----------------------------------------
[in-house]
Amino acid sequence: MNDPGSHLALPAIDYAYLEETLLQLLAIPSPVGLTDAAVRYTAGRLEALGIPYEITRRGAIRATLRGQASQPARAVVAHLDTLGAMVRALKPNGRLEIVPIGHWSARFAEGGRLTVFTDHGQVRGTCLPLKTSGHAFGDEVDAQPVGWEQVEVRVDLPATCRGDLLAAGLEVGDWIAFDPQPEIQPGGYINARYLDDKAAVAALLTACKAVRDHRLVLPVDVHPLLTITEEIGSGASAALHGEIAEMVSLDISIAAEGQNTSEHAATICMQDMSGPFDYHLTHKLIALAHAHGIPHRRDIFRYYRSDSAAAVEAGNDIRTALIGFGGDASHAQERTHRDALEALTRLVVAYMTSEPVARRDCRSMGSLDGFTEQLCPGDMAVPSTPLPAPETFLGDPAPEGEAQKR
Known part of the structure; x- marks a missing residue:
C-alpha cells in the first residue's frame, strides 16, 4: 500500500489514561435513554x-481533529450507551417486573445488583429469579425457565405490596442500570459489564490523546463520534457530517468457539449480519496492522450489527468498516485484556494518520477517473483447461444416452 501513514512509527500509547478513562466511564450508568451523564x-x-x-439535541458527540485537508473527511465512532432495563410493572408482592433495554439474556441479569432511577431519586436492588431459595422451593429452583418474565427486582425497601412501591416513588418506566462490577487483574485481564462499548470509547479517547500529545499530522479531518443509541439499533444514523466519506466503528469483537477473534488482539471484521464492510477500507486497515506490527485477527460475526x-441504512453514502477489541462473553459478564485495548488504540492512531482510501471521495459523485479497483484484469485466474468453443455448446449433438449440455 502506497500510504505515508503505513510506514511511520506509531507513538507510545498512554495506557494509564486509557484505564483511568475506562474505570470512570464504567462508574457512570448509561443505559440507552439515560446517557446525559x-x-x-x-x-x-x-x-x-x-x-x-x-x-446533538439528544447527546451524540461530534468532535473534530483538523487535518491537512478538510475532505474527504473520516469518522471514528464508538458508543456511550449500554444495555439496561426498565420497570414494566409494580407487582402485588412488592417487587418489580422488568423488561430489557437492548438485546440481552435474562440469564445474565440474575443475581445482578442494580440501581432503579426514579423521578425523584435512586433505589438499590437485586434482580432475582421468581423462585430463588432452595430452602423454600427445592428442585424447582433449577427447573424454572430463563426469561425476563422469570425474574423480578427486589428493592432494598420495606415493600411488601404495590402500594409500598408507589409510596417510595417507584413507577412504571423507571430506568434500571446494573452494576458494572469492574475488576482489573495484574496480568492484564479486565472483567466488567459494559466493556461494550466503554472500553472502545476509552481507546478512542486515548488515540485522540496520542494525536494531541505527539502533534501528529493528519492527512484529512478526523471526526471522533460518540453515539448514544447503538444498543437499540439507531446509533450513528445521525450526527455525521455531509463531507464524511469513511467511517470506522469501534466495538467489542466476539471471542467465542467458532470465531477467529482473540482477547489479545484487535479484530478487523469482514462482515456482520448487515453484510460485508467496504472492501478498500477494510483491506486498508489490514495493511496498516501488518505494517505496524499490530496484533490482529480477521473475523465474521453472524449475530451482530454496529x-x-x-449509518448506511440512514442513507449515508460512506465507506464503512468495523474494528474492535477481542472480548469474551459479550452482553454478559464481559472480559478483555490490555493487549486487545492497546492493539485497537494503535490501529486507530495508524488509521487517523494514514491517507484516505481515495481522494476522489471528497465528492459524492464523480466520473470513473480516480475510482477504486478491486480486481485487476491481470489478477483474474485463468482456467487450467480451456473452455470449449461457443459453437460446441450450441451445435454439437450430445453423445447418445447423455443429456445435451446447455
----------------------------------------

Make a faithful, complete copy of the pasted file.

[in-house]
Amino acid sequence: MNDPGSHLALPAIDYAYLEETLLQLLAIPSPVGLTDAAVRYTAGRLEALGIPYEITRRGAIRATLRGQASQPARAVVAHLDTLGAMVRALKPNGRLEIVPIGHWSARFAEGGRLTVFTDHGQVRGTCLPLKTSGHAFGDEVDAQPVGWEQVEVRVDLPATCRGDLLAAGLEVGDWIAFDPQPEIQPGGYINARYLDDKAAVAALLTACKAVRDHRLVLPVDVHPLLTITEEIGSGASAALHGEIAEMVSLDISIAAEGQNTSEHAATICMQDMSGPFDYHLTHKLIALAHAHGIPHRRDIFRYYRSDSAAAVEAGNDIRTALIGFGGDASHAQERTHRDALEALTRLVVAYMTSEPVARRDCRSMGSLDGFTEQLCPGDMAVPSTPLPAPETFLGDPAPEGEAQKR
Known part of the structure; x- marks a missing residue:
C-alpha cells in the first residue's frame, strides 16, 4: 500500500489514561435513554x-481533529450507551417486573445488583429469579425457565405490596442500570459489564490523546463520534457530517468457539449480519496492522450489527468498516485484556494518520477517473483447461444416452 501513514512509527500509547478513562466511564450508568451523564x-x-x-439535541458527540485537508473527511465512532432495563410493572408482592433495554439474556441479569432511577431519586436492588431459595422451593429452583418474565427486582425497601412501591416513588418506566462490577487483574485481564462499548470509547479517547500529545499530522479531518443509541439499533444514523466519506466503528469483537477473534488482539471484521464492510477500507486497515506490527485477527460475526x-441504512453514502477489541462473553459478564485495548488504540492512531482510501471521495459523485479497483484484469485466474468453443455448446449433438449440455 502506497500510504505515508503505513510506514511511520506509531507513538507510545498512554495506557494509564486509557484505564483511568475506562474505570470512570464504567462508574457512570448509561443505559440507552439515560446517557446525559x-x-x-x-x-x-x-x-x-x-x-x-x-x-446533538439528544447527546451524540461530534468532535473534530483538523487535518491537512478538510475532505474527504473520516469518522471514528464508538458508543456511550449500554444495555439496561426498565420497570414494566409494580407487582402485588412488592417487587418489580422488568423488561430489557437492548438485546440481552435474562440469564445474565440474575443475581445482578442494580440501581432503579426514579423521578425523584435512586433505589438499590437485586434482580432475582421468581423462585430463588432452595430452602423454600427445592428442585424447582433449577427447573424454572430463563426469561425476563422469570425474574423480578427486589428493592432494598420495606415493600411488601404495590402500594409500598408507589409510596417510595417507584413507577412504571423507571430506568434500571446494573452494576458494572469492574475488576482489573495484574496480568492484564479486565472483567466488567459494559466493556461494550466503554472500553472502545476509552481507546478512542486515548488515540485522540496520542494525536494531541505527539502533534501528529493528519492527512484529512478526523471526526471522533460518540453515539448514544447503538444498543437499540439507531446509533450513528445521525450526527455525521455531509463531507464524511469513511467511517470506522469501534466495538467489542466476539471471542467465542467458532470465531477467529482473540482477547489479545484487535479484530478487523469482514462482515456482520448487515453484510460485508467496504472492501478498500477494510483491506486498508489490514495493511496498516501488518505494517505496524499490530496484533490482529480477521473475523465474521453472524449475530451482530454496529x-x-x-449509518448506511440512514442513507449515508460512506465507506464503512468495523474494528474492535477481542472480548469474551459479550452482553454478559464481559472480559478483555490490555493487549486487545492497546492493539485497537494503535490501529486507530495508524488509521487517523494514514491517507484516505481515495481522494476522489471528497465528492459524492464523480466520473470513473480516480475510482477504486478491486480486481485487476491481470489478477483474474485463468482456467487450467480451456473452455470449449461457443459453437460446441450450441451445435454439437450430445453423445447418445447423455443429456445435451446447455